While the America's Cup syndicates' powerbrokers tried to negotiate a way forward for the troubled regatta, the four crews enjoyed a day at the baseball in San Francisco yesterday.
Team New Zealand's Dean Barker shared the honour of throwing the first pitch with his three rivals. Unlike a couple of his opponents, Barker managed to get the ball into the glove of San Francisco Giants player Nick Noonan on the full, though it certainly wasn't in the strike zone.
"This is my first ever baseball game, and probably no better one to go to than watching The Giants, the world champions of last year," Barker said as he led his crew out on to the famous field where sport's oldest trophy, sat centre stage alongside the pitcher's mound.
The Giants were hosting the San Diego Padres with AT&T Park sold out for the 200th consecutive game there.
Back at the harbour two members of the international jury, including Auckland lawyer Graham McKenzie, were meeting team representatives to try to mediate the impasse that has seen a stalemate on several of the 37 safety and rule recommendations made in the aftermath of the training death of Artemis Racing's Andrew Simpson.
Stephen Barclay, the event authority's chief executive, reminded everyone of the need to find some common ground - a majority is required for changes - with those recommendations already attached to the regatta's safety permit which is before the United States Coast Guard, awaiting the permit to start racing on July 7.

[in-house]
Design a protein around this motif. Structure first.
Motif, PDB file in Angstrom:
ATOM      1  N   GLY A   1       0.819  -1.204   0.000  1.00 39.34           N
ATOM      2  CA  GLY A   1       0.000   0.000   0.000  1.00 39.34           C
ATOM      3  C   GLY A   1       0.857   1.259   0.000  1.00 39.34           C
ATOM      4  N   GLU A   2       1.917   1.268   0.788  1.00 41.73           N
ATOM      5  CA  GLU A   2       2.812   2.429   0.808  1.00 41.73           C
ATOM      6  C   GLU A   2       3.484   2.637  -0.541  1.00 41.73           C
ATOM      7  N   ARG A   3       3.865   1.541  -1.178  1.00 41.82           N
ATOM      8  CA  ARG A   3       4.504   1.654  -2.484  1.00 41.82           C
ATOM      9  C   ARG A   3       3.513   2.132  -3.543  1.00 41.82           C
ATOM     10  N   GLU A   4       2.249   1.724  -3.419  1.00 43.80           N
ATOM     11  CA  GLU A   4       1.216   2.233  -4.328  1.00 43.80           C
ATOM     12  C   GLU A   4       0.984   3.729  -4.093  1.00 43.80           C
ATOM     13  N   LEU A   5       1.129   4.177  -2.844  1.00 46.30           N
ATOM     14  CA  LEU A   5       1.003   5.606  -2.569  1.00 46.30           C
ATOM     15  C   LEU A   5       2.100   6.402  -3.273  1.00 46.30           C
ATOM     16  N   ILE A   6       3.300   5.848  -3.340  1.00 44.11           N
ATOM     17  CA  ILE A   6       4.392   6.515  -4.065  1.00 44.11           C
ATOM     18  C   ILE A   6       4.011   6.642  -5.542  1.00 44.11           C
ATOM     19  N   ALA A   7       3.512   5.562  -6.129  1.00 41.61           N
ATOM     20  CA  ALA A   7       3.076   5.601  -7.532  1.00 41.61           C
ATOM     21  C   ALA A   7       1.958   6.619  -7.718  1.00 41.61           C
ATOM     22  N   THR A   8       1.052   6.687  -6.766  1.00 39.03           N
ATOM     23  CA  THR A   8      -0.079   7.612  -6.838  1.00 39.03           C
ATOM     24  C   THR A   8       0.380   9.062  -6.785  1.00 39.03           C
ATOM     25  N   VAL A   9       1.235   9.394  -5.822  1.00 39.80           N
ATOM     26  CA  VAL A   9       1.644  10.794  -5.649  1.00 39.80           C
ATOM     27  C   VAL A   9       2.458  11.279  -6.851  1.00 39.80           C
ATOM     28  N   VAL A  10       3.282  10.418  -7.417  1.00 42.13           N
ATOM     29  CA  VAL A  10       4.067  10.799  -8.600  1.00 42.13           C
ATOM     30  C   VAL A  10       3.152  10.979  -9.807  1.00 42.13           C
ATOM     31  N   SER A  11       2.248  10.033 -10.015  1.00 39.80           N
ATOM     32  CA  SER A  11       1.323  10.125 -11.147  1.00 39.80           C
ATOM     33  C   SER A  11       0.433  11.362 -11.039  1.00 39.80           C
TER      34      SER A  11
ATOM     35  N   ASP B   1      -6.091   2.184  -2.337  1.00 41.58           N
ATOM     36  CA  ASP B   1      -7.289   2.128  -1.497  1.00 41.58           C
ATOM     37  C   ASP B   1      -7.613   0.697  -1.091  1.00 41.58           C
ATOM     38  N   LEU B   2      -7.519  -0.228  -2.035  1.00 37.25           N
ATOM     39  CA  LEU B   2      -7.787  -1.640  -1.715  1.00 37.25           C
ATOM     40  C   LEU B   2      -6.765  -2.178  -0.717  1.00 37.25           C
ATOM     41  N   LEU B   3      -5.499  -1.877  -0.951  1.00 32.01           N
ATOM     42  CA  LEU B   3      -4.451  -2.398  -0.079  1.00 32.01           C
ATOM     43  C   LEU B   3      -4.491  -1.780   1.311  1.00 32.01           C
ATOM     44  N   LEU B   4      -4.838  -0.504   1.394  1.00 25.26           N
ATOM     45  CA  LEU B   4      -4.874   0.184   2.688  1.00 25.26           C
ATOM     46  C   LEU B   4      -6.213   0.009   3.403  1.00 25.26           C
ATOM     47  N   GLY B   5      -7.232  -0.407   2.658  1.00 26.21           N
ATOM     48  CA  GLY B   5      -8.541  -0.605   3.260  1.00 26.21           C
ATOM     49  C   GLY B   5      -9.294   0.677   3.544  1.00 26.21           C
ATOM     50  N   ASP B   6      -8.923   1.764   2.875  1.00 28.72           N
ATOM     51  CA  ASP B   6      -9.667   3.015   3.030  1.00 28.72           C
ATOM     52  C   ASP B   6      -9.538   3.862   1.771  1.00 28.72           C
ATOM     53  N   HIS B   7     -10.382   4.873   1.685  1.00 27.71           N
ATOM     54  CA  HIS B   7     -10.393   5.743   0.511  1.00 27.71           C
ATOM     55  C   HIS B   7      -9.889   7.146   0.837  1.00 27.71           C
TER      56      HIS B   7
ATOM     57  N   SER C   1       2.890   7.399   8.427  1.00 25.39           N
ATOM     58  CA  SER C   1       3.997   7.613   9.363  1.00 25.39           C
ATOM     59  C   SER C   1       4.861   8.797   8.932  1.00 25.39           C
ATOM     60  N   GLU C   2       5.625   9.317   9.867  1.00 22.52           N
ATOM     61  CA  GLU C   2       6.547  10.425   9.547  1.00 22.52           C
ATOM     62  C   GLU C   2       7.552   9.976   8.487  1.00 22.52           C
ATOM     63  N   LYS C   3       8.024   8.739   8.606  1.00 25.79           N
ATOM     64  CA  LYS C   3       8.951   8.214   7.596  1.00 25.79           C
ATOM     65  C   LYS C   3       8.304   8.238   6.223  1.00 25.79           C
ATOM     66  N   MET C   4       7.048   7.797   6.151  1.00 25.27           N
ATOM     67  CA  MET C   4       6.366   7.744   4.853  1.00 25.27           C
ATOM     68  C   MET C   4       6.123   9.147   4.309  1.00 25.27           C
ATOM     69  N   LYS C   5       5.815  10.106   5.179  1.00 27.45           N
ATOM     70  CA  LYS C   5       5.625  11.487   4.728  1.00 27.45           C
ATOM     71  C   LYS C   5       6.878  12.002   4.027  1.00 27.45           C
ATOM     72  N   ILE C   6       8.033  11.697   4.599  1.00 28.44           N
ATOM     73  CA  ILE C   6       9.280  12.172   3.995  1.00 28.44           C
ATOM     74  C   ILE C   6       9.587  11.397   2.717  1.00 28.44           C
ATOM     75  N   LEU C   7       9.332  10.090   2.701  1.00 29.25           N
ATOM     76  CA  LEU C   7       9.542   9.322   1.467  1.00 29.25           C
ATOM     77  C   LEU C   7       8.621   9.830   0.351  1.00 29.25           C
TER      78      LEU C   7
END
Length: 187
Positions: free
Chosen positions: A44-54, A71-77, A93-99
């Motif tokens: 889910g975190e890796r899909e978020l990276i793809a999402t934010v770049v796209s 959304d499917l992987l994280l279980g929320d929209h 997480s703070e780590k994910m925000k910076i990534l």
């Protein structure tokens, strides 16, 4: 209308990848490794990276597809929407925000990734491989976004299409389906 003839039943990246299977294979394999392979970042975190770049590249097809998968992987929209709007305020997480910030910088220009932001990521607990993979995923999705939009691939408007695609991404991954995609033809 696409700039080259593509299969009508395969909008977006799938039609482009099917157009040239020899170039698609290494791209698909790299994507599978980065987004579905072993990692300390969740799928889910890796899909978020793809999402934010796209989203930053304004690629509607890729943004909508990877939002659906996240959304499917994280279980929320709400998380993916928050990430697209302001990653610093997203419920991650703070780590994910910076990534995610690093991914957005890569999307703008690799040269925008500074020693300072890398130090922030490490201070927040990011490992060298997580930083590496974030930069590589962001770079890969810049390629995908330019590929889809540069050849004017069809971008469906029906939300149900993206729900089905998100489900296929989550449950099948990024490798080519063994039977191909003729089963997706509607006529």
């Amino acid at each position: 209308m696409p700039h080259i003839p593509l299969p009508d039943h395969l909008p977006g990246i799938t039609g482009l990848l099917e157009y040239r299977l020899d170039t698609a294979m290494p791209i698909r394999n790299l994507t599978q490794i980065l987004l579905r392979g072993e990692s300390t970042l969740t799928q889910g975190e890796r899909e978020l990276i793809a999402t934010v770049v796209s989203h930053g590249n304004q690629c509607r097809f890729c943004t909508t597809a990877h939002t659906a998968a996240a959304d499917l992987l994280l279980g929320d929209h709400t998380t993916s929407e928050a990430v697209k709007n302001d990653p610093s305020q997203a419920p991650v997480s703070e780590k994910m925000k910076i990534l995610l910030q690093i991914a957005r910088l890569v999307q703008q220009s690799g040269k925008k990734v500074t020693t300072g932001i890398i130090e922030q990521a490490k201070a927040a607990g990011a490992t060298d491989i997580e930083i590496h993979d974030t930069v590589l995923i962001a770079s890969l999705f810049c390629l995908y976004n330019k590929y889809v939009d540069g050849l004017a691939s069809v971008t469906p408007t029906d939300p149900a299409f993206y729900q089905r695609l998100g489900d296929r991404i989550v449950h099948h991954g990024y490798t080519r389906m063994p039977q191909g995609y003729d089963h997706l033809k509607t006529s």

Without the coast guard's approval, the Louis Vuitton Cup racing will remain on hold.
Barclay is confident the waters can be smoothed "over the next two weeks". But that takes it right up to the start of the opening race between Team New Zealand and Luna Rossa (Italy).
If the current two-day mediation process isn't successful the full five-person International Jury will be called upon to make a binding ruling.
The major concern appears to lie with Artemis pulling out of the opening phase of the challenger series and only fronting for August's semi-finals, a move that has left both the Kiwis and Italians unhappy.
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